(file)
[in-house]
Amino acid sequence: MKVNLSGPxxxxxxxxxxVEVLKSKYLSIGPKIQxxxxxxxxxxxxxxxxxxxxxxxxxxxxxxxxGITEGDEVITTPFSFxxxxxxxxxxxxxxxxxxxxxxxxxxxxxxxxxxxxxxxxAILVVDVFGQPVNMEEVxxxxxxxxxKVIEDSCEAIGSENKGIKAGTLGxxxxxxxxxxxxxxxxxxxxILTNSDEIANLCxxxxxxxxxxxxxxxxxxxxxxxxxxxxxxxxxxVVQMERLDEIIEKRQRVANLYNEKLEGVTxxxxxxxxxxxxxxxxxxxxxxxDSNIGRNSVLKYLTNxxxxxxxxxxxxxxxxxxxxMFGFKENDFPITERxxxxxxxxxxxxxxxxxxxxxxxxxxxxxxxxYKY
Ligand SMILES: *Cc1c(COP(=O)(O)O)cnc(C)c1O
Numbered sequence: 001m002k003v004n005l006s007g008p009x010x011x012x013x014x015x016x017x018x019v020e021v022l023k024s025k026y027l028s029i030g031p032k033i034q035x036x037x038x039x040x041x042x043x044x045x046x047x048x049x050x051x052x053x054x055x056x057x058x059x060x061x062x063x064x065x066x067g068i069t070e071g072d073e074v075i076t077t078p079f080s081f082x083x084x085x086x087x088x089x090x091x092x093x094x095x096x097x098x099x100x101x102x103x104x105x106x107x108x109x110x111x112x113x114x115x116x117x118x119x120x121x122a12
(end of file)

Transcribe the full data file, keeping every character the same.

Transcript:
[in-house]
Amino acid sequence: MKVNLSGPxxxxxxxxxxVEVLKSKYLSIGPKIQxxxxxxxxxxxxxxxxxxxxxxxxxxxxxxxxGITEGDEVITTPFSFxxxxxxxxxxxxxxxxxxxxxxxxxxxxxxxxxxxxxxxxAILVVDVFGQPVNMEEVxxxxxxxxxKVIEDSCEAIGSENKGIKAGTLGxxxxxxxxxxxxxxxxxxxxILTNSDEIANLCxxxxxxxxxxxxxxxxxxxxxxxxxxxxxxxxxxVVQMERLDEIIEKRQRVANLYNEKLEGVTxxxxxxxxxxxxxxxxxxxxxxxDSNIGRNSVLKYLTNxxxxxxxxxxxxxxxxxxxxMFGFKENDFPITERxxxxxxxxxxxxxxxxxxxxxxxxxxxxxxxxYKY
Ligand SMILES: *Cc1c(COP(=O)(O)O)cnc(C)c1O
Numbered sequence: 001m002k003v004n005l006s007g008p009x010x011x012x013x014x015x016x017x018x019v020e021v022l023k024s025k026y027l028s029i030g031p032k033i034q035x036x037x038x039x040x041x042x043x044x045x046x047x048x049x050x051x052x053x054x055x056x057x058x059x060x061x062x063x064x065x066x067g068i069t070e071g072d073e074v075i076t077t078p079f080s081f082x083x084x085x086x087x088x089x090x091x092x093x094x095x096x097x098x099x100x101x102x103x104x105x106x107x108x109x110x111x112x113x114x115x116x117x118x119x120x121x122a12